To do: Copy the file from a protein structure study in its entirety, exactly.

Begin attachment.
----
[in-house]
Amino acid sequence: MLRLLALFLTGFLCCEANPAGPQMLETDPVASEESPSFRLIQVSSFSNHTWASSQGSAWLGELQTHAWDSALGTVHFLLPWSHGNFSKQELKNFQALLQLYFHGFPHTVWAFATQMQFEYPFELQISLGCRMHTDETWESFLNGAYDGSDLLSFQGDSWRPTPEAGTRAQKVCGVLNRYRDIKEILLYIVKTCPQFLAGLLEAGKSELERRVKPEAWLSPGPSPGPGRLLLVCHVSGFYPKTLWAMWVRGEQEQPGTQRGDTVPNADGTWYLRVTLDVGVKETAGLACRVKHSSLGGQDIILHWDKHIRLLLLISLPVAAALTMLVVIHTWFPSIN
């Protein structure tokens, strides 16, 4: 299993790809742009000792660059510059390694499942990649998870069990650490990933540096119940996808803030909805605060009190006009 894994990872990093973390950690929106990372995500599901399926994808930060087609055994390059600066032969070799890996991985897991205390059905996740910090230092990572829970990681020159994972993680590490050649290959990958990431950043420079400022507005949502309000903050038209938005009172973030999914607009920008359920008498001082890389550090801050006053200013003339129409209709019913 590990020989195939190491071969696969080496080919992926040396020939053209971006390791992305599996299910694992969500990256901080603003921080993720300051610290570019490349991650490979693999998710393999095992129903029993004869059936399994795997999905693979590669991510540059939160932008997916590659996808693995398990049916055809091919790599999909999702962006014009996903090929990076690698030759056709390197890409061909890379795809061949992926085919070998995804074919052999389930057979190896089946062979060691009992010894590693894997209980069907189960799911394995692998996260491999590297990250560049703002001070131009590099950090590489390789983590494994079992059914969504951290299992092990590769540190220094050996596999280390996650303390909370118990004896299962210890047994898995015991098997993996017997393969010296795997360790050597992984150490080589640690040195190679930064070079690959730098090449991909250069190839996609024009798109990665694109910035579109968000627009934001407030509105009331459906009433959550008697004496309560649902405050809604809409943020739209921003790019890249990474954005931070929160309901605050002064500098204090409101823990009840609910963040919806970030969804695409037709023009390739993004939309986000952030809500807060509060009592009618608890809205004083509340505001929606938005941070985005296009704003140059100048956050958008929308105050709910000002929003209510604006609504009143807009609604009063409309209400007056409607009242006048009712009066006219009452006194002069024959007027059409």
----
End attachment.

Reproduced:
[in-house]
Amino acid sequence: MLRLLALFLTGFLCCEANPAGPQMLETDPVASEESPSFRLIQVSSFSNHTWASSQGSAWLGELQTHAWDSALGTVHFLLPWSHGNFSKQELKNFQALLQLYFHGFPHTVWAFATQMQFEYPFELQISLGCRMHTDETWESFLNGAYDGSDLLSFQGDSWRPTPEAGTRAQKVCGVLNRYRDIKEILLYIVKTCPQFLAGLLEAGKSELERRVKPEAWLSPGPSPGPGRLLLVCHVSGFYPKTLWAMWVRGEQEQPGTQRGDTVPNADGTWYLRVTLDVGVKETAGLACRVKHSSLGGQDIILHWDKHIRLLLLISLPVAAALTMLVVIHTWFPSIN
């Protein structure tokens, strides 16, 4: 299993790809742009000792660059510059390694499942990649998870069990650490990933540096119940996808803030909805605060009190006009 894994990872990093973390950690929106990372995500599901399926994808930060087609055994390059600066032969070799890996991985897991205390059905996740910090230092990572829970990681020159994972993680590490050649290959990958990431950043420079400022507005949502309000903050038209938005009172973030999914607009920008359920008498001082890389550090801050006053200013003339129409209709019913 590990020989195939190491071969696969080496080919992926040396020939053209971006390791992305599996299910694992969500990256901080603003921080993720300051610290570019490349991650490979693999998710393999095992129903029993004869059936399994795997999905693979590669991510540059939160932008997916590659996808693995398990049916055809091919790599999909999702962006014009996903090929990076690698030759056709390197890409061909890379795809061949992926085919070998995804074919052999389930057979190896089946062979060691009992010894590693894997209980069907189960799911394995692998996260491999590297990250560049703002001070131009590099950090590489390789983590494994079992059914969504951290299992092990590769540190220094050996596999280390996650303390909370118990004896299962210890047994898995015991098997993996017997393969010296795997360790050597992984150490080589640690040195190679930064070079690959730098090449991909250069190839996609024009798109990665694109910035579109968000627009934001407030509105009331459906009433959550008697004496309560649902405050809604809409943020739209921003790019890249990474954005931070929160309901605050002064500098204090409101823990009840609910963040919806970030969804695409037709023009390739993004939309986000952030809500807060509060009592009618608890809205004083509340505001929606938005941070985005296009704003140059100048956050958008929308105050709910000002929003209510604006609504009143807009609604009063409309209400007056409607009242006048009712009066006219009452006194002069024959007027059409």